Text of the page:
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Description A human observer can view a scene under a variety of different illuminants, yet still see the same range of colors. For example, a white piece of paper remains resolutely white independent of the color of light under which it is viewed. This psycho-visual effect is referred to as “color constancy.” In contrast, color imaging systems are less color constant in that they will often infer the color of the scene illuminant incorrectly. For example, a digital camera captures an image of an indoor scene under a reddish tungsten illumination. Since the light entering the camera is this tungsten illumination reflected from the objects in the scene, all objects in the scene will be recorded as redder than they would be had the illuminant been a whitish fluorescent light. This change in color is at odds with what a human observes (the human perception of the colors of the objects is relatively stable, even if the illuminant is switched between tungsten and fluorescent). Color appearance models can be used to ensure color constancy in the images produced by the imaging systems. That is, the color appearance models can ensure that the colors in the scene appear the same regardless of the illumination. However, these models depend upon knowledge of the white point of the image scene. If the imaging system does not measure the white point directly, the white point is estimated. According to one aspect of the present invention, the probability of a chromaticity being a white point of image scene illumination is estimated by convolving a chromaticity histogram with a function of log probability distribution of chromaticities under an illuminant. Other aspects and advantages of the present invention will become apparent from the following detailed description, taken in conjunction with the accompanying drawings, illustrating by way of example the principles of the present invention. As shown in the drawings for purposes of illustration, the present invention is embodied in a method and imaging system for estimating the white point of a scene in a digital image. The white point can be estimated without any prior knowledge about the statistical nature of lights and surfaces, or the response function of the sensor array that generates the image. Reference is made to The sensor array outputs a sensor image that can be described in terms of surface reflectance of the objects in the scene, spectral power distribution of the illuminant, and spectral sensitivity of the sensors in the array. The sensor image is represented as an array of pixels. In the spatial domain, each pixel is represented by an n-bit word. In a typical 24-bit word representing RGB color space, for instance, eight bits represent a red component, eight bits represent a green component and eight bits represent a blue component. Each pixel in the image is coded as a two-dimensional chromaticity vector ( For these chromaticity vectors, the relationship between the chromaticity vector (x Taking the logarithms of the chromaticity vectors yields the following: Define (x A chromaticity histogram is generated from the set of chromaticity vectors ( Given the chromaticity histogram of the image scene and the probability distribution of the known illuminant, the following log-likelihood can be determined:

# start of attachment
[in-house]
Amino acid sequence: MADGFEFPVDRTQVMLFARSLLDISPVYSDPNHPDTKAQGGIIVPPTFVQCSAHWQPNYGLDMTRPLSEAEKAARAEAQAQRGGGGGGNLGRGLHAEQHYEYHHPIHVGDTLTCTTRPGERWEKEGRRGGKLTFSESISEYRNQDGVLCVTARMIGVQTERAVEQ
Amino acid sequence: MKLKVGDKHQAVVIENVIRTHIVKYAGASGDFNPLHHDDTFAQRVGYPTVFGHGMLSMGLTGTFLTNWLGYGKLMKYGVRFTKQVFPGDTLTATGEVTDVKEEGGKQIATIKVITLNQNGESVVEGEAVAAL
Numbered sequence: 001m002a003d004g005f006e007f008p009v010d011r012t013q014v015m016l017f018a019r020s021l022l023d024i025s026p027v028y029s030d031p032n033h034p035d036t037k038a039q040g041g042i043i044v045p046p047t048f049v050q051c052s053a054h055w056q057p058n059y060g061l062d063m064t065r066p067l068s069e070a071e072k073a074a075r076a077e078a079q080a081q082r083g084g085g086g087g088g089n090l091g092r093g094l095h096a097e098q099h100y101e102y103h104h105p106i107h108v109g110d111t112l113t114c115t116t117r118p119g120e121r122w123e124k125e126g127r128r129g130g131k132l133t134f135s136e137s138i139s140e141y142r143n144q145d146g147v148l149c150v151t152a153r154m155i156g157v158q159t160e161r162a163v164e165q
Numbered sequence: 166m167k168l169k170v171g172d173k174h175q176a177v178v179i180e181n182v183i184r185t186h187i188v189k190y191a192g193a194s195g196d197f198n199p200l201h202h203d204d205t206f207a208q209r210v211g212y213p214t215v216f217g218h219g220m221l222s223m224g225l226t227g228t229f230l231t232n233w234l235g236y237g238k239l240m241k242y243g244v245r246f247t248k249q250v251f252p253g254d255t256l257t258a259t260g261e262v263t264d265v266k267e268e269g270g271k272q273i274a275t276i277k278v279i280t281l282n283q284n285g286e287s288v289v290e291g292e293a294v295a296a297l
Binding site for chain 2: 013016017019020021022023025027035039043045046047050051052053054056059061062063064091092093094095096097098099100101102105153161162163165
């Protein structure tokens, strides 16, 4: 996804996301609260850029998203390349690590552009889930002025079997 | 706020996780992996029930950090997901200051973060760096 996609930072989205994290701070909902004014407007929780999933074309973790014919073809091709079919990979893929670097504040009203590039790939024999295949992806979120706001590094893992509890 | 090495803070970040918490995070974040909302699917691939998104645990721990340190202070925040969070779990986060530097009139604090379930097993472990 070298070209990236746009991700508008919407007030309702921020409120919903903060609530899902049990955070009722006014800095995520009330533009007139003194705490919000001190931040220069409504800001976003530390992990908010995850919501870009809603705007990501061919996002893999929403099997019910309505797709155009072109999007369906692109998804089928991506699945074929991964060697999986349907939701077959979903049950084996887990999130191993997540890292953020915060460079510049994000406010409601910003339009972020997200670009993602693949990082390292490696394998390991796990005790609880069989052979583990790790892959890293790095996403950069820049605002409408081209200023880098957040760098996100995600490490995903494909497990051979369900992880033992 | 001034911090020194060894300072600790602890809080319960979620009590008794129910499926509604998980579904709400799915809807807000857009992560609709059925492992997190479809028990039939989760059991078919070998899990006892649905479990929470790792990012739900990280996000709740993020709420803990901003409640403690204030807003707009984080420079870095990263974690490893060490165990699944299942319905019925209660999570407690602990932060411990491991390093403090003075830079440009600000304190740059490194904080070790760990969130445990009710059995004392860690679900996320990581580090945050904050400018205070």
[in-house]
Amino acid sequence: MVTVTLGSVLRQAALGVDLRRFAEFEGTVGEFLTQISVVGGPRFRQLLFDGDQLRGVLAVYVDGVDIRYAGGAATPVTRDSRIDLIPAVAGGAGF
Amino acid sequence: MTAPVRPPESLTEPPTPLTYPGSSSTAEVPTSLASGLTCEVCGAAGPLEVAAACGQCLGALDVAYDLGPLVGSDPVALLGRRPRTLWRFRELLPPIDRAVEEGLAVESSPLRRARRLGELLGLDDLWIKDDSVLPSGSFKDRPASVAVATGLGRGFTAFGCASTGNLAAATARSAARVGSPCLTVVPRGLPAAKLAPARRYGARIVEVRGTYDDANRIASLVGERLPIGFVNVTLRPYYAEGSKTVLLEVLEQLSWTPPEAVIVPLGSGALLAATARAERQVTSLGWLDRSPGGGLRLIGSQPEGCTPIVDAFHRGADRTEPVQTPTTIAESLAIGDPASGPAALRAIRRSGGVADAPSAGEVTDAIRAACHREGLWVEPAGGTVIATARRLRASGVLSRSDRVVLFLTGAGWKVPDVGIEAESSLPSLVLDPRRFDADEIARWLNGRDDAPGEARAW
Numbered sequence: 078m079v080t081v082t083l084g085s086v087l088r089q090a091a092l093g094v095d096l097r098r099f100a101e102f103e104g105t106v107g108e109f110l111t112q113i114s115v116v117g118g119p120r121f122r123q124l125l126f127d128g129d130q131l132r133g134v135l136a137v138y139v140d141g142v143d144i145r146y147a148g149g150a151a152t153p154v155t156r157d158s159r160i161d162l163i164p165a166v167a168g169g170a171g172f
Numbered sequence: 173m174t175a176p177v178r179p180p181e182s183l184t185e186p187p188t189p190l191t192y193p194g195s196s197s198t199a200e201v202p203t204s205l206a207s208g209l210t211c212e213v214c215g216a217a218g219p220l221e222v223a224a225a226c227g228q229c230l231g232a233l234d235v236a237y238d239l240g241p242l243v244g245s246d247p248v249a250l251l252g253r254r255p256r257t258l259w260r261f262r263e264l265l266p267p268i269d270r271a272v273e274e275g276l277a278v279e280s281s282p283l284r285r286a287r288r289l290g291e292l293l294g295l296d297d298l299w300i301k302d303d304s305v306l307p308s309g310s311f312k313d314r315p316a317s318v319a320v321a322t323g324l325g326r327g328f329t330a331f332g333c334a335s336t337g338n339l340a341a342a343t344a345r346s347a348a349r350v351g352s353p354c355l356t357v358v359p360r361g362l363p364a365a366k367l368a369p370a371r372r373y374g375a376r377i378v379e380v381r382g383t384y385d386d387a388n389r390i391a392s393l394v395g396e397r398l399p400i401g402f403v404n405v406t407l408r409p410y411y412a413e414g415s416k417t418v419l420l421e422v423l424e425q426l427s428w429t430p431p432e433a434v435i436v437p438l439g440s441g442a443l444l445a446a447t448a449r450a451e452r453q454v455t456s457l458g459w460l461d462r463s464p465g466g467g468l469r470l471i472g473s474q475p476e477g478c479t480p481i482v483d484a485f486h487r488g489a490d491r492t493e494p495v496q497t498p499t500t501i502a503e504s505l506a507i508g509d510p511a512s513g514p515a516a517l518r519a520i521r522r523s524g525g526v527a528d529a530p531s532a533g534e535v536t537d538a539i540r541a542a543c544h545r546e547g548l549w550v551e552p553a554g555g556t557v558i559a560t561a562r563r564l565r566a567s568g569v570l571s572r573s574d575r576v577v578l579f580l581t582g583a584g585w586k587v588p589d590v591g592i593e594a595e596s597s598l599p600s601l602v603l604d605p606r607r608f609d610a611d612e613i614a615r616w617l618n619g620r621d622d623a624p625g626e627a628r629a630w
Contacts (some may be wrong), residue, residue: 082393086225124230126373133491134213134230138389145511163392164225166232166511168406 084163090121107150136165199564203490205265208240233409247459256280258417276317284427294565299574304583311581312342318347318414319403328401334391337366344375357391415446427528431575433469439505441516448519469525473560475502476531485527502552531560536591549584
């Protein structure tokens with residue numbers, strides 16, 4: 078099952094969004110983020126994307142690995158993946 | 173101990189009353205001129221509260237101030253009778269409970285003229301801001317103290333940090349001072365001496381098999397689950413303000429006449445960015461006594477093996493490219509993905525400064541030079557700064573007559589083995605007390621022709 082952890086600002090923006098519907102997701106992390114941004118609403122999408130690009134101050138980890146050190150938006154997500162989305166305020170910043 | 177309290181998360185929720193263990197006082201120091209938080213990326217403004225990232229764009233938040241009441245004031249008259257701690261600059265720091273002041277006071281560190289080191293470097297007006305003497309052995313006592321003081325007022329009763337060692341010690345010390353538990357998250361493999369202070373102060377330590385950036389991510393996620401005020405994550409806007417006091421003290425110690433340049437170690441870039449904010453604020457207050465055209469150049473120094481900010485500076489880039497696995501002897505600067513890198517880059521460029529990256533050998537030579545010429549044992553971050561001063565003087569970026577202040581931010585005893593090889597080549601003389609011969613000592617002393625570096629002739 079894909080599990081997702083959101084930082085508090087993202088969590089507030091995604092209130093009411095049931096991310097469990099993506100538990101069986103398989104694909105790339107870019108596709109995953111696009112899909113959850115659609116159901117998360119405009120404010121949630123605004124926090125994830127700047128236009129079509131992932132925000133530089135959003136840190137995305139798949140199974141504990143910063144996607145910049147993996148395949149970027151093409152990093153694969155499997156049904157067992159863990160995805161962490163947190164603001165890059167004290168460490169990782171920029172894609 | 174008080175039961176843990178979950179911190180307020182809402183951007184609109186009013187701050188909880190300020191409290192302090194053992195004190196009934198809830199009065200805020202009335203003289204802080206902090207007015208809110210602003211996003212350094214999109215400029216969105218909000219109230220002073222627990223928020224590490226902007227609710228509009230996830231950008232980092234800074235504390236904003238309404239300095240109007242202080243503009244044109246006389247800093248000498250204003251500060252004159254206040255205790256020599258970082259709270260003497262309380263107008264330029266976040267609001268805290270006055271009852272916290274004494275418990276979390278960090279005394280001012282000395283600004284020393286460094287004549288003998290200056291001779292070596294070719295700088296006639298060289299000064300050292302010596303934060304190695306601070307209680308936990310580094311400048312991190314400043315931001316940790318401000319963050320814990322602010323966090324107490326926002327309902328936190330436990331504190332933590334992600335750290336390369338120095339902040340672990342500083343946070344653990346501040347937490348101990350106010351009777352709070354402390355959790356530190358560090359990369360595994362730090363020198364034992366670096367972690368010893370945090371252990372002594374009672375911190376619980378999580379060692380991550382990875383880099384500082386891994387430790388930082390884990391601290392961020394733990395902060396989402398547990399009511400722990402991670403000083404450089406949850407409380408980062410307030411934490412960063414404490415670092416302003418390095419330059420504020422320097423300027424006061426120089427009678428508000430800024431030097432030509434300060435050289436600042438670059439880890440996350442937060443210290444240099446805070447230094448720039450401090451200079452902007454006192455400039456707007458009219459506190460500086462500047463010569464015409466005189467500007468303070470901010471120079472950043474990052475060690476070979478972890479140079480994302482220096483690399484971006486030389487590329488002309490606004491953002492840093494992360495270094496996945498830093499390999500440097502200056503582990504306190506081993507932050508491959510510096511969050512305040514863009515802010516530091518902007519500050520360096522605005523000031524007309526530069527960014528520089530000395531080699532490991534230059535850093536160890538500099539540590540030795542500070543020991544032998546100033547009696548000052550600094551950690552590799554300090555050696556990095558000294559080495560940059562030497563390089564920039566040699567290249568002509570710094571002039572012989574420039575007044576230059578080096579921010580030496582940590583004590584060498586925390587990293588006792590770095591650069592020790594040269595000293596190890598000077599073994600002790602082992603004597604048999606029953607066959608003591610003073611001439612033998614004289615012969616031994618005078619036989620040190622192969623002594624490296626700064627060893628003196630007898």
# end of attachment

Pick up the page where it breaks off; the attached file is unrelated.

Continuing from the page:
The log likelihood l(x A wide selection of candidate chromaticity vectors (x A candidate illuminant is selected as the white point of the illuminant ( More than one candidate may be selected because a scene might have more than one white point. For example, a digital camera captures an image of an indoor scene. A first portion of the scene is illuminated by reddish light from a tungsten flash, and a second portion is illuminated by a whitish fluorescent light. A third portion of the scene includes a window, through which an outdoor scene is visible. The outdoor scene is illuminated by bluish light. The vectors having the best probabilities may be selected as multiple white points for such a scene. Thus a white point can be estimated without any prior knowledge about the statistical nature of lights and surfaces, or the response function of the sensor array of the imaging device. One need only determine the expected distribution for a single illuminant. The probability distribution of chromaticities may be based on actual data. For instance, if the manufacturer of the imaging device publishes curves for sensor array sensitivities, a distribution based on the sensor array sensitivity curves may be used. If the imaging device manufacturer does not provide the curves, the imaging device may be used to determine the curves. A probability distribution may be computed from these curves. The probability distribution of chromaticities may be determined by using an imaging device to record its responses to many different surfaces under a single illuminant and from those responses derive an estimate of the distribution of colors. For example, a Gaussian distribution could be fit to the measured responses. This method could be applied on a per-device basis. In lieu of a probability distribution of chromaticities based on measured responses, the probability distribution of chromaticities may be estimated. The chromaticity co-ordinates used in these comparisons are a transformation of sensor array responses. Consider a probability density function that assumes uniformly distributed (R,G,B) vectors and makes no assumptions about which reflectances or RGB vectors occur in the image. This function will be referred to as the “Maximum Ignorance” function. For any camera, these responses fall within a finite range: a typical digital camera will produce 8-bit responses, thus the range is from 0 to 255. The sensor responses can be scaled to fit between the finite interval [0, 1]. Without further information, it is reasonable to assume that the responses are independently and uniformly distributed on this interval. Therefore, (R, G, B) vectors can be treated as three independent, uniformly distributed random variables: